344. Such notice shall contain: First—The name of the corporation. Second–The principal place of transacting its business. Third–The general nature of the business to be transacted. Fourth—The amount of capital stock authorized, and the time and conditions on which it is to be paid in. Fifth—The time of commencement and termination of the corporation. Sixth—The highest amount of indebtedness or liability to which the corporation is at any time to subject itself. Seventh-By what officers the affairs of the corporation are to be conducted.
345. Any corporation formed without legislative enactment may commence
business as soon as its articles of incorporation are filed by the county clerks of the counties, as required by this subdivision, and shall be valid if a copy of its articles be filed in the office of the secretary of state, and the notice required be published within four months from the time of filing such articles in the clerk's office.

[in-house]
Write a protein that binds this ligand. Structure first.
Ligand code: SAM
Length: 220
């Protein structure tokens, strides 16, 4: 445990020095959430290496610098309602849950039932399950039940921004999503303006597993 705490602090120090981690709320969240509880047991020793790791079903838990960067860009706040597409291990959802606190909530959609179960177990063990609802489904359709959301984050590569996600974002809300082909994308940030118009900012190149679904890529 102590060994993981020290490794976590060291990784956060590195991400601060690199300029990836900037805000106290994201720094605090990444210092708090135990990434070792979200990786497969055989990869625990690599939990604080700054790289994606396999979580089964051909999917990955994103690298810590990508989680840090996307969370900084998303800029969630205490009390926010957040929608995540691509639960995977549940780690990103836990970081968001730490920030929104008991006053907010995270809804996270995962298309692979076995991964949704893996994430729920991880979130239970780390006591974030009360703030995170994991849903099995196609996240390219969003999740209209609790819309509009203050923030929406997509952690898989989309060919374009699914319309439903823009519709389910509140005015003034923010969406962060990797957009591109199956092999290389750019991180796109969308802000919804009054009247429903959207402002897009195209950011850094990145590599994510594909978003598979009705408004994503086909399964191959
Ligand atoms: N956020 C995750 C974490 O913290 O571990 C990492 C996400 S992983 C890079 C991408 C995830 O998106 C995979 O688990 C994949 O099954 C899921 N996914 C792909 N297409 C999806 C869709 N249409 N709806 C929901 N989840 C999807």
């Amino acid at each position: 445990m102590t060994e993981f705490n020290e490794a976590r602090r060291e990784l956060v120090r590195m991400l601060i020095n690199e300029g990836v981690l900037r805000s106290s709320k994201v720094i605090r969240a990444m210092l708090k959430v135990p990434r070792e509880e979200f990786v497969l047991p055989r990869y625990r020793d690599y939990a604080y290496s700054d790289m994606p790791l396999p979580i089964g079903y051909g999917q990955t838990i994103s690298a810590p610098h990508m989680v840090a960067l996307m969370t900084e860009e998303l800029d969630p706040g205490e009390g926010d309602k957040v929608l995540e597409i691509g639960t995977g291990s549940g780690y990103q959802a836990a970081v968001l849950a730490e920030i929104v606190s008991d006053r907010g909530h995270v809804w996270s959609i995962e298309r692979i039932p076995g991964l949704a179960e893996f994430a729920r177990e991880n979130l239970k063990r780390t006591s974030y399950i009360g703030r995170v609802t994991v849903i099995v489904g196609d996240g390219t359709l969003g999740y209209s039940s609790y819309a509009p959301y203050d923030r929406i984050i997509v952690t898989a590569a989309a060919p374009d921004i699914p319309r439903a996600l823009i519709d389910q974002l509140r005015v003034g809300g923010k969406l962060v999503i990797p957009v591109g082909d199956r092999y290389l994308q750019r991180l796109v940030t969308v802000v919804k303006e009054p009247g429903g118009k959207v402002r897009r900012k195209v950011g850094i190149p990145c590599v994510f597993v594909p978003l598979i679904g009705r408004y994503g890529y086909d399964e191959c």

346. Every change in any of the above matters shall be recorded and published in the same manner as the original articles are required by law.
347. No corporation can be dissolved by the members thereof except by consent of two-thirds of all its members, which consent must be entered on its records, unless a different rule has been adopted in its articles of incorporation.
348. A copy of the by-laws of the corporation, and the names of all the officers appended thereto, must be posted in some conspicuous place, at the places of doing business, subject to public inspection.